For someone once bestowed with the luxury of infallibility, former Pope Benedict XVI is having a unique retirement. Two years after his unprecedented withdrawal from the papacy—well, unprecedented for the last 600 years at least—the erstwhile Cardinal Joseph Ratzinger's resignation remains the subject of speculation.
Two years ago this week, Benedict's announcement that he was stepping down for health reasons shocked the Catholic Church and much of the world. It also loosed conspiracy theorists who believe Benedict was forced to resign. On Wednesday, one of the former pope's top lieutenants defended the 87-year-old's choice.
"Benedict XVI is convinced that the decision that he took and communicated was right," Monsignor Georg Gaenswein told the Italian daily Corriere della Sera. "He has no doubts."
The statement, when read closely, could be meaningful for two reasons. That a surrogate of Benedict is still out protecting the pope emeritus in the press might speak to an inherent defensiveness (though a reporter's questions could easily have prompted it). Then, there is the theory of his "forced resignation," which would invalidate the election of Pope Francis. "Church law says a pope's resignation is valid only if he takes the decision in full freedom and without pressure from others," Reuters noted last year.
The circumstances surrounding Benedict's decision to step down have titillated scholars and the journalists alike, especially given the fact that his resignation came not long after the "Vatileaks" scandal. The release of internal Vatican memos, by some accounts, revealed how Benedict's efforts to reform the church, like provide transparency on the global sex abuse scandal and the management of the Vatican bank, were undercut by internal politics. Writing in The Washington Post in 2013, Jason Horowitz summed up how the leaks might affect Benedict's legacy:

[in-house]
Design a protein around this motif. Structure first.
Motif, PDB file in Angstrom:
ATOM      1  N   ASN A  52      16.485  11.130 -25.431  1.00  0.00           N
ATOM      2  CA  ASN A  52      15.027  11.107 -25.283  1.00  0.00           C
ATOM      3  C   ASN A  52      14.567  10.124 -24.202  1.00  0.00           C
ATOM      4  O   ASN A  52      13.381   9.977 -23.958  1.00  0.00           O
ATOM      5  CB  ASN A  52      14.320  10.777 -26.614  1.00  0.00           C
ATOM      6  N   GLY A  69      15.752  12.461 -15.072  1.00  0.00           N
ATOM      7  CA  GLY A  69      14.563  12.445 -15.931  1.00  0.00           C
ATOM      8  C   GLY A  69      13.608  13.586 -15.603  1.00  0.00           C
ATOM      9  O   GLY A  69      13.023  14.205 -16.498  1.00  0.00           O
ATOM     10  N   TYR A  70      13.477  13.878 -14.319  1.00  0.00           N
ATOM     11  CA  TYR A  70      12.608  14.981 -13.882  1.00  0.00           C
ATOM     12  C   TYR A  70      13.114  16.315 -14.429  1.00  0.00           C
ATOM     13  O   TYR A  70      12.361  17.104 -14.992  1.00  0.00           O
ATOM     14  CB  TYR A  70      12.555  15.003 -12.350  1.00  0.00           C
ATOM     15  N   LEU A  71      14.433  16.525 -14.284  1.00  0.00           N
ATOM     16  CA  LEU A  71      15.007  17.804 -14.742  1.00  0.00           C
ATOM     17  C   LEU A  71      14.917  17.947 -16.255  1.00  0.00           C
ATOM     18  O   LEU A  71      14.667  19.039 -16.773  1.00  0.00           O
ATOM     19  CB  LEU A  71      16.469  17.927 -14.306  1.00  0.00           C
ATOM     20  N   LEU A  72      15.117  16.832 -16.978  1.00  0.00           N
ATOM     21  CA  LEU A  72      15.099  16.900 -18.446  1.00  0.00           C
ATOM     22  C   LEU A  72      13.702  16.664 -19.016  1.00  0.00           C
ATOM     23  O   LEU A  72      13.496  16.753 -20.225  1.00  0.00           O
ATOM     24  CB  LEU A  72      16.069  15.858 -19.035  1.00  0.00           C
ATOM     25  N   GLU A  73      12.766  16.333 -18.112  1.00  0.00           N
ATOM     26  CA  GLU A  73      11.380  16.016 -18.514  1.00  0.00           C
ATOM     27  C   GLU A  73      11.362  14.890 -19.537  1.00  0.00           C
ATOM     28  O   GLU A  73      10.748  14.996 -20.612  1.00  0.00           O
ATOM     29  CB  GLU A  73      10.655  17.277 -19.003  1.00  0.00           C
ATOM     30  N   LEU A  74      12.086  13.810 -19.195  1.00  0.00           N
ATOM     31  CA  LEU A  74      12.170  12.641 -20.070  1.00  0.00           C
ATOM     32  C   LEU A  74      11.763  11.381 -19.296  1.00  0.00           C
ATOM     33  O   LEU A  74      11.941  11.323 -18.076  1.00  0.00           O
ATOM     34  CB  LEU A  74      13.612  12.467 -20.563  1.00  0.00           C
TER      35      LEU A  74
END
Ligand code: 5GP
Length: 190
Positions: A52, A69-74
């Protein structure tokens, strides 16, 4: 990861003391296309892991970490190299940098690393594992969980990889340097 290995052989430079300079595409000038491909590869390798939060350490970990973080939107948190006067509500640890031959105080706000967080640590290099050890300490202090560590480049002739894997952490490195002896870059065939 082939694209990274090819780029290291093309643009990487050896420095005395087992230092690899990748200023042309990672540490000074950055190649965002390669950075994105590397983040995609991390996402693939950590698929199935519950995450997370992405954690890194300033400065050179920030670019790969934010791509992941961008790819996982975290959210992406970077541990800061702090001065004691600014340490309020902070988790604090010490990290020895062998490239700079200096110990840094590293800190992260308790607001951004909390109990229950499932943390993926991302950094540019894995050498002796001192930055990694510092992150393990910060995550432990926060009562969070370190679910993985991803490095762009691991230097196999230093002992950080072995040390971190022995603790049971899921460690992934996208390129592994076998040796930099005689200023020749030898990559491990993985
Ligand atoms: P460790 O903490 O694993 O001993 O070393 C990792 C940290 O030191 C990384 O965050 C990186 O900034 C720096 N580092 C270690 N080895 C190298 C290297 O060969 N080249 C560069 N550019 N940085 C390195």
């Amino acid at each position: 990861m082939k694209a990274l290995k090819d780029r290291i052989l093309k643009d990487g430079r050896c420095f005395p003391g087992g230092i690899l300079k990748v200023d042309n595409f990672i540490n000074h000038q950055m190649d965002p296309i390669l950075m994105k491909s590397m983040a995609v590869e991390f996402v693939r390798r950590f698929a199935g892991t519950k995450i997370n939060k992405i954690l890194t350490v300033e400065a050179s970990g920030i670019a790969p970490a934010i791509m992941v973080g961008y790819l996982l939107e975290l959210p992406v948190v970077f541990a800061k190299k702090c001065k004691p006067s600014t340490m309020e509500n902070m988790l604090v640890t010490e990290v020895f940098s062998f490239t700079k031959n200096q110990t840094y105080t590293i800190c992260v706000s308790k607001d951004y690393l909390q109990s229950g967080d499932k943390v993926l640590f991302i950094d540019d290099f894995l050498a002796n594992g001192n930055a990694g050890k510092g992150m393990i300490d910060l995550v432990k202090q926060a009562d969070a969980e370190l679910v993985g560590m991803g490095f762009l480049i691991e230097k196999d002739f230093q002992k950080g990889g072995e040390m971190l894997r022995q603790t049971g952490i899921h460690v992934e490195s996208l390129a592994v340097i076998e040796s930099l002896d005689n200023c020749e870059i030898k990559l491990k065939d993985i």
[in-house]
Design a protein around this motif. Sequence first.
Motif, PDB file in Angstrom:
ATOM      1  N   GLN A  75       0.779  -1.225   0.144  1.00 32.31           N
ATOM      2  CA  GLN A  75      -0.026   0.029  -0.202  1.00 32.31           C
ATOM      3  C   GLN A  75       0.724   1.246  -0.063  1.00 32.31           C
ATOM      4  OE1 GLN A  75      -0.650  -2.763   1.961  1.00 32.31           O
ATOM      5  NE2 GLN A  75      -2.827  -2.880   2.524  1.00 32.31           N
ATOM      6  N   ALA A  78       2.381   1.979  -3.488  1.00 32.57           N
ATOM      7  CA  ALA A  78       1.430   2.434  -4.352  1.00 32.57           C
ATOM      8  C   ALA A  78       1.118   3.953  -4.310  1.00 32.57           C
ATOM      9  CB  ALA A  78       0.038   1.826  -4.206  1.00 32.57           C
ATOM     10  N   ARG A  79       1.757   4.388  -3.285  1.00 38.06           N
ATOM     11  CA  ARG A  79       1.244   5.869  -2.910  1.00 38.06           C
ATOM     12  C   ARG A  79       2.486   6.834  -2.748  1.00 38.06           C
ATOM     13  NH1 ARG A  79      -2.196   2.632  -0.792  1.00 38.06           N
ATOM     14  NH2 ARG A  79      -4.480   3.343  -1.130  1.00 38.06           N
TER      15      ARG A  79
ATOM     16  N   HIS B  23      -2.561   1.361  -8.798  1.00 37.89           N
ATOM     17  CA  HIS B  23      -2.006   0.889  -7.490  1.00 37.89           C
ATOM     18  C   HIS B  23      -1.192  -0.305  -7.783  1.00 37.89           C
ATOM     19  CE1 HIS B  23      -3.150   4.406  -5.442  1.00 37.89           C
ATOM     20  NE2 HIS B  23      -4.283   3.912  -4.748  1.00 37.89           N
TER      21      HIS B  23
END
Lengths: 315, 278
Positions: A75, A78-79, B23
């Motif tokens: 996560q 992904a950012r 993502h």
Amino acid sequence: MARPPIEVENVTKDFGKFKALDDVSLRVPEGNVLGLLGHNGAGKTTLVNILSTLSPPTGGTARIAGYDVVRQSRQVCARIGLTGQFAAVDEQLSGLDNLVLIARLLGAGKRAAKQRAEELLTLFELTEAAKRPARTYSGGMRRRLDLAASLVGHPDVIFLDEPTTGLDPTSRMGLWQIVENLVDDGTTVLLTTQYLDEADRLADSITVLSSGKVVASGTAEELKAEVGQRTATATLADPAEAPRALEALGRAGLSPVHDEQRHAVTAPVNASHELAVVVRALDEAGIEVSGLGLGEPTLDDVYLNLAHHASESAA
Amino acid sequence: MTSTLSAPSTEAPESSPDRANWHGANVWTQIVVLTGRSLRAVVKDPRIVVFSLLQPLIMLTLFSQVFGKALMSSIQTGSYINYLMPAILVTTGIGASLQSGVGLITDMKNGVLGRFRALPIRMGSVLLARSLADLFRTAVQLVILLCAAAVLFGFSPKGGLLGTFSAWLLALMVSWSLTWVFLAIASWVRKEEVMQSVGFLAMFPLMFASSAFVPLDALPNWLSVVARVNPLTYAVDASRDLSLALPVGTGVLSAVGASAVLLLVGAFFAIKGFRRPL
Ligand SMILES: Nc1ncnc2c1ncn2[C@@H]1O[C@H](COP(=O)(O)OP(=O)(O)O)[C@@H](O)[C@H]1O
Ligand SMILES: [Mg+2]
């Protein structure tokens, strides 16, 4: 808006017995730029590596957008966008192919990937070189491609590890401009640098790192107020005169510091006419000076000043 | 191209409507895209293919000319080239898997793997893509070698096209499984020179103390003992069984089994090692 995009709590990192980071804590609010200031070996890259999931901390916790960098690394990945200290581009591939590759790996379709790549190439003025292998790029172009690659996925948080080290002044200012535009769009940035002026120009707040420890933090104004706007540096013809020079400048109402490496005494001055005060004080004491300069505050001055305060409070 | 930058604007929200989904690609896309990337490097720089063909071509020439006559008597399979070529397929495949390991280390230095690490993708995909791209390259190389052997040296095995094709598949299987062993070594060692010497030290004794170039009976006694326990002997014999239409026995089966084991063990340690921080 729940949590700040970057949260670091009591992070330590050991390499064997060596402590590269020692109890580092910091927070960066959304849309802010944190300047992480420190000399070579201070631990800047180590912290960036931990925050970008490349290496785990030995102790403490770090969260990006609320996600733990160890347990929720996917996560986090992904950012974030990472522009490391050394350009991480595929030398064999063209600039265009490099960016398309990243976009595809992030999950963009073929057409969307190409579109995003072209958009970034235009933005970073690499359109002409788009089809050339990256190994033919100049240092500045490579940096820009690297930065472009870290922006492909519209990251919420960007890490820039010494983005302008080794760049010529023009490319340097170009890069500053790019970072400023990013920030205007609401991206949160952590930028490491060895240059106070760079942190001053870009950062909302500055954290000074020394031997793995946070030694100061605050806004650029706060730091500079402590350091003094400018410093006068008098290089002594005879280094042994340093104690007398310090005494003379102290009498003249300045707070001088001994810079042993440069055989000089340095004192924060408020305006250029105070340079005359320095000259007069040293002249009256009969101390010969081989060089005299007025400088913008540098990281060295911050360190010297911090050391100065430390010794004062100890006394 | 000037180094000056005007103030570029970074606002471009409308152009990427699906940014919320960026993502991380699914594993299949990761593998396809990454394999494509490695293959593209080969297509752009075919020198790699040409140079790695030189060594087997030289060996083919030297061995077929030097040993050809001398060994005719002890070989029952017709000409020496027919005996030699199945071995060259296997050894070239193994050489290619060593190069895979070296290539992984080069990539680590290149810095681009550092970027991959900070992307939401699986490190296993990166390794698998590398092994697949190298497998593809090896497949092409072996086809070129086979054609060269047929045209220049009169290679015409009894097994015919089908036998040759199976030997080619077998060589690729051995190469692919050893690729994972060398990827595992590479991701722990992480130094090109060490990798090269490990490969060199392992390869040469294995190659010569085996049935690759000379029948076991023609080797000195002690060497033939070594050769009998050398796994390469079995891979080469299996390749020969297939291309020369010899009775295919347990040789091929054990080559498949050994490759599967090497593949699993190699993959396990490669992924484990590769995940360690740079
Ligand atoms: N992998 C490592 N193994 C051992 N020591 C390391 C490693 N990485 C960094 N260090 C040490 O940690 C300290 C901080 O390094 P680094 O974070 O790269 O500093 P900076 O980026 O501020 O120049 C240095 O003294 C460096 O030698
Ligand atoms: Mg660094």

"It showed how Benedict, a weak manager who may most be remembered for the way in which he left office, was no match for a culture that rejected even a modicum of transparency and preferred a damage-control campaign that diverted attention from the institution’s fundamental problems."
Some of the talk that Benedict was forced out starts there. In the Italian media, as Reuters relayed, the leak itself was portrayed as proof that "that a faction of prelates who wanted to discredit Benedict and pressure him to resign was behind the leaks." Writing for The Atlantic, Paul Elie noted that Benedict still wears white—"the papal vestments sans cape and sash"—which others have taken as a signal that the pope emeritus still feels a bit like the pontiff. And last month, according to the AP, a retired Kazakh archbishop joined the chorus of those who say Benedict didn't choose to go.
In a letter to Vatican Insider last year, one of Benedict's only public statements since his resignation, he stressed again that there "is absolutely no doubt regarding the validity of my resignation." Doth he protest too much?
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